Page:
So it was with every one of the hotly heralded "innovations" on my list above. The downside was never mentioned and rarely understood.
But did you ever consider the projectionist as a performer? How about a disco artist who manipulates sound by hand turning the discs? It's a performance art! In the days of hand-cranked cameras and hand-cranked projectors, there was actually flexibility in filming and projecting. That, of course, is a totally lost art!
Most importantly, silent movie frames used the maximum area of 35mm film. The picture quality when the films were new was superb. But when sound on film came in, the image size of each frame had to be reduced to make room for the soundtrack. The result was grainier movies, with scratches and imperfections having to be magnified to fit the same size screens. But who noticed that with the blare of sound?
COLOR! I remember the sensation, when the magic moment came in a black-and-white film when the scene smoothly dissolved to brilliant color! A heavy question about color movies is their life expectancy. With the original Technicolor process the shooting was actually on panchromatic and orthochromatic black & white negative film stock, with every third frame of film being exposed through a revolving three color filter. The black and white negative could indefinitely produce color prints with the original brilliance… as long as the equipment to do it will exist. Nowadays, a film must be preserved with a digital master.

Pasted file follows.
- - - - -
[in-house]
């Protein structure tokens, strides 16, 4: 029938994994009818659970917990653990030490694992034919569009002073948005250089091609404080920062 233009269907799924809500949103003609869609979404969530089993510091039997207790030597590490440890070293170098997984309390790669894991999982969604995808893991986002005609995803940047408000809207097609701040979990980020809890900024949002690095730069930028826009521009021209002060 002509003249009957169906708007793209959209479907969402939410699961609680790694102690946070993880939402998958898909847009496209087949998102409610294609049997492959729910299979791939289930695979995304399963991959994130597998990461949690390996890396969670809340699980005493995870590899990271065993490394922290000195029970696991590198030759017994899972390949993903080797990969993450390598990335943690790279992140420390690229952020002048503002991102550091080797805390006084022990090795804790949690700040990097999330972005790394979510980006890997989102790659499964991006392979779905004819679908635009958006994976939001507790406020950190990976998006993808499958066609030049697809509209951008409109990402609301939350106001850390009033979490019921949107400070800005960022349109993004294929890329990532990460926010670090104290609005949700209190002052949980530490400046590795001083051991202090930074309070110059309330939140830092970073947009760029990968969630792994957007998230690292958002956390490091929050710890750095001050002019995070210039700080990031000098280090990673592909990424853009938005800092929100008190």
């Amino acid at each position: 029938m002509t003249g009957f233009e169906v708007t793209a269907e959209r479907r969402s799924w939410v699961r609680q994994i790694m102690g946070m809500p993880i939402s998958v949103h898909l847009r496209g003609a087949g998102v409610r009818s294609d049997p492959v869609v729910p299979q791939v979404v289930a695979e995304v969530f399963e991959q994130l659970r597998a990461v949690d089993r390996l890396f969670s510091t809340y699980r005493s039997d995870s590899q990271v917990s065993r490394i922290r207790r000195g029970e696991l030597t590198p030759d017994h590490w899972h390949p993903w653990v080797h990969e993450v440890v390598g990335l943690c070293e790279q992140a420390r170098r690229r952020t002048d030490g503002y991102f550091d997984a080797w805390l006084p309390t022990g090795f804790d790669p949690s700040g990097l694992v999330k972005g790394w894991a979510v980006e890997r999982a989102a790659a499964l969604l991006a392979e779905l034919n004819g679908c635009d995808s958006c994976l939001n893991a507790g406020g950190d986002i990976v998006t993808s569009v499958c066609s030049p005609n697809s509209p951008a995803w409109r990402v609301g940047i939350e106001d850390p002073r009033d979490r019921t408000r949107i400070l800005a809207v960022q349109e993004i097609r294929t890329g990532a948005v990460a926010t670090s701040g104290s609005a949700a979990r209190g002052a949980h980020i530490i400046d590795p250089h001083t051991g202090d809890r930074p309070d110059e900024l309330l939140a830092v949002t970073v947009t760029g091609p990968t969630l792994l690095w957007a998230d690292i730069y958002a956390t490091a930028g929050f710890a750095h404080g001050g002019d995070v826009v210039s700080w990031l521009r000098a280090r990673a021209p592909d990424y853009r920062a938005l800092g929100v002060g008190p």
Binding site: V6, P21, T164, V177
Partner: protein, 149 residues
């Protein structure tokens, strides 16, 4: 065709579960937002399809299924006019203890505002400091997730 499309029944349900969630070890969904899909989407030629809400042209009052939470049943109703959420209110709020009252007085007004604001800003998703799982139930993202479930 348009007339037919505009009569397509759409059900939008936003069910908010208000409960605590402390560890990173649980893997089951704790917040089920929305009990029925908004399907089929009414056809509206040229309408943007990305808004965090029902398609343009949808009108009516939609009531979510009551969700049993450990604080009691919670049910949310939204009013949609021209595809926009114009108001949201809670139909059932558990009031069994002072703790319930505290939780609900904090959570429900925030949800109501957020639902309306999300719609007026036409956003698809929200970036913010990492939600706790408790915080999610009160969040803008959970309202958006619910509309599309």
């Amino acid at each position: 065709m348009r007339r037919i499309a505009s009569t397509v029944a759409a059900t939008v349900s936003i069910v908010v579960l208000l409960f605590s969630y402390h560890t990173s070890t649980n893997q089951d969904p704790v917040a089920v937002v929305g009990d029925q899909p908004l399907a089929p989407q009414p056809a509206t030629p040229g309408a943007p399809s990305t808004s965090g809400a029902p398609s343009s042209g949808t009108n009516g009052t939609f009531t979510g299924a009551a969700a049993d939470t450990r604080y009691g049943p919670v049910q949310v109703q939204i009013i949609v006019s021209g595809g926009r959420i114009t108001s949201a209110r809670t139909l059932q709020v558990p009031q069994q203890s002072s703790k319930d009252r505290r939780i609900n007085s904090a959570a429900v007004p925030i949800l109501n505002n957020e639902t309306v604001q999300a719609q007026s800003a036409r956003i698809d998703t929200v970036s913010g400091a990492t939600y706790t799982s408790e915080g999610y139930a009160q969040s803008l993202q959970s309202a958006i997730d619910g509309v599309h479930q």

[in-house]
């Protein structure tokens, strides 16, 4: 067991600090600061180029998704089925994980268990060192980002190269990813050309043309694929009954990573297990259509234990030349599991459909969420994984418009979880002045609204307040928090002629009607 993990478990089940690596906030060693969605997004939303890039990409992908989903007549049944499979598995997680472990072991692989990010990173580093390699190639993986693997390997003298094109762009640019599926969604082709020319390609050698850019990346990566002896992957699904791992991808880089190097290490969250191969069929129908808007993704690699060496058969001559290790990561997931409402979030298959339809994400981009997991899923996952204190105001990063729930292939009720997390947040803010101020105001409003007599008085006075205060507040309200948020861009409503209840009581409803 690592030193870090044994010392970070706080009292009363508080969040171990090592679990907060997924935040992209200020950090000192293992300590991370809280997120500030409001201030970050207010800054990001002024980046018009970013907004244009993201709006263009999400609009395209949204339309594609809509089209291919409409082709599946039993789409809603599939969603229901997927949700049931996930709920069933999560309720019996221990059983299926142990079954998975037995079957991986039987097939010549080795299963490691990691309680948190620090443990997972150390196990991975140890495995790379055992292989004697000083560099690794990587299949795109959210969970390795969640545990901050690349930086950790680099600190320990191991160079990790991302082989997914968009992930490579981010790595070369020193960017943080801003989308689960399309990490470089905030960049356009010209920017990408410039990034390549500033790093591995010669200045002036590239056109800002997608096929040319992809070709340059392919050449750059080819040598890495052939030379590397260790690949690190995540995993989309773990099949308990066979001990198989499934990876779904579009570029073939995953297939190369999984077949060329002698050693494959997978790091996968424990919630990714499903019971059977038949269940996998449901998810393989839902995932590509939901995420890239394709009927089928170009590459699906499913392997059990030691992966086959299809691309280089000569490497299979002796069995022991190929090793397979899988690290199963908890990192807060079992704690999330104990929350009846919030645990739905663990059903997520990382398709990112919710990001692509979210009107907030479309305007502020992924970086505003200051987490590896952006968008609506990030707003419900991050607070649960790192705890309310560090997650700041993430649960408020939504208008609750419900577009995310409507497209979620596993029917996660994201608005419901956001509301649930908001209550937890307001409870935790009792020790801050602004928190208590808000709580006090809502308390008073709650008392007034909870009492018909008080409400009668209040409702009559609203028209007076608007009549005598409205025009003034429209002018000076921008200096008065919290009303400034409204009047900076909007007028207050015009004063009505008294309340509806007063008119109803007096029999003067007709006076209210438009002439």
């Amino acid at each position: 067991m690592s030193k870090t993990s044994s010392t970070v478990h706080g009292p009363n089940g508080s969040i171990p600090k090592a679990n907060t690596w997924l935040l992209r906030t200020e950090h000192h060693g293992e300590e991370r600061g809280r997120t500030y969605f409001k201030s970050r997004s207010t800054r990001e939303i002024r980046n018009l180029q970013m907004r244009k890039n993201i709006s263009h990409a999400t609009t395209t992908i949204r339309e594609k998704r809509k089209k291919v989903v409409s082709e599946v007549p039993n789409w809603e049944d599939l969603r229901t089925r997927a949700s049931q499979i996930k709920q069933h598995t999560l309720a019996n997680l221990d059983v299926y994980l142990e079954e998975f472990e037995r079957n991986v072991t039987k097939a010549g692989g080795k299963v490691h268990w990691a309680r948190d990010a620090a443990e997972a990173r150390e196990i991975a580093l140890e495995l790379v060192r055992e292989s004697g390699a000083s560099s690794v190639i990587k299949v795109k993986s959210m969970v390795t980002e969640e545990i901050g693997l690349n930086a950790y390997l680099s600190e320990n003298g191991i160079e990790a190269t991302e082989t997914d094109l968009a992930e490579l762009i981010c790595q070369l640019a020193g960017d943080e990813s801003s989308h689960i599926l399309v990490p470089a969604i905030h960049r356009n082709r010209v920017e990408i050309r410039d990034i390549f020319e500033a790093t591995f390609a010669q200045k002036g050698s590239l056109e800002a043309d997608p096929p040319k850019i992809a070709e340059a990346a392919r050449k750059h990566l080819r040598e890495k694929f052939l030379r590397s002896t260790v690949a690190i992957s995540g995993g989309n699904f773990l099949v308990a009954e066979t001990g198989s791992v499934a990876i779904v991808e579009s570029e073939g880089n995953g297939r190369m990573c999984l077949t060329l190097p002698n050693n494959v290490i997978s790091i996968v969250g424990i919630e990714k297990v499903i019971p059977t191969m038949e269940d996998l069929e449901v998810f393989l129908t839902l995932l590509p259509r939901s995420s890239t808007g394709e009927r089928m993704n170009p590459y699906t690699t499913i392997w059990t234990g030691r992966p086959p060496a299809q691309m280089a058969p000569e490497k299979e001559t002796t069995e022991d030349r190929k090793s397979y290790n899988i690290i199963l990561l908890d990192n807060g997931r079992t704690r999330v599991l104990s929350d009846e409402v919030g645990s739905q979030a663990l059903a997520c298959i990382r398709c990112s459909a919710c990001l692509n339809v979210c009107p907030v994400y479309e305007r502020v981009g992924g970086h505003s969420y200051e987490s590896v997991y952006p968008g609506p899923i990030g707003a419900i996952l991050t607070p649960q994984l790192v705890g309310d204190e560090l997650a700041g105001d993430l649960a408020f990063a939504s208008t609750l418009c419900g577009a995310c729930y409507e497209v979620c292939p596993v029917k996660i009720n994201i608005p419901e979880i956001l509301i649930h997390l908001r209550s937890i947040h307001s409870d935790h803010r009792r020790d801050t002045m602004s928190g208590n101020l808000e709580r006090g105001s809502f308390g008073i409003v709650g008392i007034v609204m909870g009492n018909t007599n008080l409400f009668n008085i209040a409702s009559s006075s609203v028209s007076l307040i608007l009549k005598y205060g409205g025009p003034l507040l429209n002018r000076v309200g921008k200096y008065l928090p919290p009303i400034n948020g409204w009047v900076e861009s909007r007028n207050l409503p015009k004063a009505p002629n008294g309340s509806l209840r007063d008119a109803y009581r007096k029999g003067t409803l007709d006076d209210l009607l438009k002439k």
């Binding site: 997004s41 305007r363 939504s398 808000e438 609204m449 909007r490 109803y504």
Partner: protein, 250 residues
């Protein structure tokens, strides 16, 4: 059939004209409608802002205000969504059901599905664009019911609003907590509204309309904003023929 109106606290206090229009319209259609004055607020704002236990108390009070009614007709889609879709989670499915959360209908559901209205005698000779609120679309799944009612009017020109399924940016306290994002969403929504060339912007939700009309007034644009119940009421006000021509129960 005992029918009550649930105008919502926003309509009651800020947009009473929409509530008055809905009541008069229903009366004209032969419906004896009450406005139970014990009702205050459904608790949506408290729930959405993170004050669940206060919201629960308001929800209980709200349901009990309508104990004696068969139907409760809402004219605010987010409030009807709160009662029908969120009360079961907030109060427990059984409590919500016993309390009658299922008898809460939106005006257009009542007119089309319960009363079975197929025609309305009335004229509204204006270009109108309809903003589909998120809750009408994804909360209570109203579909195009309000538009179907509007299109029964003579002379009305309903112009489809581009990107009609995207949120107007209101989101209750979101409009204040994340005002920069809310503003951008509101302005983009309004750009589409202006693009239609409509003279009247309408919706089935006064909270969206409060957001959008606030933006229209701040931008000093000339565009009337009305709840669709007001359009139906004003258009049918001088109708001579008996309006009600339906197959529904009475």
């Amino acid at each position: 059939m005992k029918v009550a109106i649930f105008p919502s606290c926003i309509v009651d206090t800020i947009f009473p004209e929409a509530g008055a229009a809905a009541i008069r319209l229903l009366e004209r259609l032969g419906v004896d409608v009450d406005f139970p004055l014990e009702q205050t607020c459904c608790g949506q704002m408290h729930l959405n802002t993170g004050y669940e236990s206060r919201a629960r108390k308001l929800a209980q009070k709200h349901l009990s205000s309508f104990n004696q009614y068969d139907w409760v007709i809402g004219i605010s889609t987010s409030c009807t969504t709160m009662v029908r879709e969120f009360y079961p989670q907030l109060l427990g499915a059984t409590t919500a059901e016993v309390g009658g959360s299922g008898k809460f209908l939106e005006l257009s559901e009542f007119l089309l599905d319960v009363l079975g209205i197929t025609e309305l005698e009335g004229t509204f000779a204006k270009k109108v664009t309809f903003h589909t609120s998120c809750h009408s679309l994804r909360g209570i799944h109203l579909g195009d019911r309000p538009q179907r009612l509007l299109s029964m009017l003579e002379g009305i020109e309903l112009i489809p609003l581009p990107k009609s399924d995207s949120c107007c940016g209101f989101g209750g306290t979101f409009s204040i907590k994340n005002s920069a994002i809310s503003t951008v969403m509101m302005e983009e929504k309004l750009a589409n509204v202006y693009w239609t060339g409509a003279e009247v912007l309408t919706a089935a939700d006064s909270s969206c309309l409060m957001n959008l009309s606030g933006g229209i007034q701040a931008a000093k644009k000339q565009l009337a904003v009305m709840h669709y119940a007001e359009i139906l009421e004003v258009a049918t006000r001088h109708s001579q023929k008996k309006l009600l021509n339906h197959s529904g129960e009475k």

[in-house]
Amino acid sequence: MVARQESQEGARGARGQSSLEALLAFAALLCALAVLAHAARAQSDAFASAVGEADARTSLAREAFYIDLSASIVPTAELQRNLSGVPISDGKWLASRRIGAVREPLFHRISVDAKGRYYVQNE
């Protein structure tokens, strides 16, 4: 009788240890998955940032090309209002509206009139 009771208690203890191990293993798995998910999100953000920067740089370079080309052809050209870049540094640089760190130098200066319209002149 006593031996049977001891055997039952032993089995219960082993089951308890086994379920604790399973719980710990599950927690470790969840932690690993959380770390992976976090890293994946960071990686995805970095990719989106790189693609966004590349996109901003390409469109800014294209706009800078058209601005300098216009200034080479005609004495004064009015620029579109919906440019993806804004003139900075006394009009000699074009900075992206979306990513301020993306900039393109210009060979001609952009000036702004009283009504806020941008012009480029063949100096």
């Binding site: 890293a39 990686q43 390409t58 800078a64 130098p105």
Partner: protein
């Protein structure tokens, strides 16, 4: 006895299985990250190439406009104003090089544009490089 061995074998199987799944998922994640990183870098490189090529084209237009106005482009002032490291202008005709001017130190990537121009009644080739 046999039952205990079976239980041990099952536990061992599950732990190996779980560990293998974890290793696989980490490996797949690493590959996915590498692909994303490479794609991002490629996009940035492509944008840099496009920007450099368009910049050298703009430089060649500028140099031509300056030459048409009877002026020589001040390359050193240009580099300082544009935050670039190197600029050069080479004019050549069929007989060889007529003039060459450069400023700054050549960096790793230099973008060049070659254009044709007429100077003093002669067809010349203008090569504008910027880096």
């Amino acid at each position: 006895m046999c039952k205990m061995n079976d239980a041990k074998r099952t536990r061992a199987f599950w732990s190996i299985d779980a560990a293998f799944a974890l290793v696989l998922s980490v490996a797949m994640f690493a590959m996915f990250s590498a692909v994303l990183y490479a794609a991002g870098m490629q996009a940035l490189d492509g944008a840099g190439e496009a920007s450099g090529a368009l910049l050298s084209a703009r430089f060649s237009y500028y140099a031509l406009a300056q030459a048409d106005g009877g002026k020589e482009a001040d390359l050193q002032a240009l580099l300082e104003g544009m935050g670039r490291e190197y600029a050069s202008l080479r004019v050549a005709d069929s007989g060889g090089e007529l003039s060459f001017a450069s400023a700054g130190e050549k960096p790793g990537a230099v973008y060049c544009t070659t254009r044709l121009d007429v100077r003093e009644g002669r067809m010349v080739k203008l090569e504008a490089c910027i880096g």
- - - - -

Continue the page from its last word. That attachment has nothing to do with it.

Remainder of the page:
CinemaScope and the widescreen shape. The easiest way to dramatize the movie experience after the threat of TV was to widen the screen. It would have been much more difficult and expensive to make the screens also higher, and CinemaScope could fill a large wide screen using the same little 35mm film. With an anamorphic lens, a tiny 35mm frame was stretched to fill a very wide screen, gifting us with magnified film grain and other artifacts, covered up by ever louder stereophonic sound. The perfectly suitable classic screen shape was now on its way out. TV itself had to struggle with its original round cathode ray picture tubes, with the picture forced into an awkward and unnamable shape, until finally a square cornered rectangular flat screen tube was developed. But now, that ideal shape has totally succumbed to the newly mandated wide screen standard.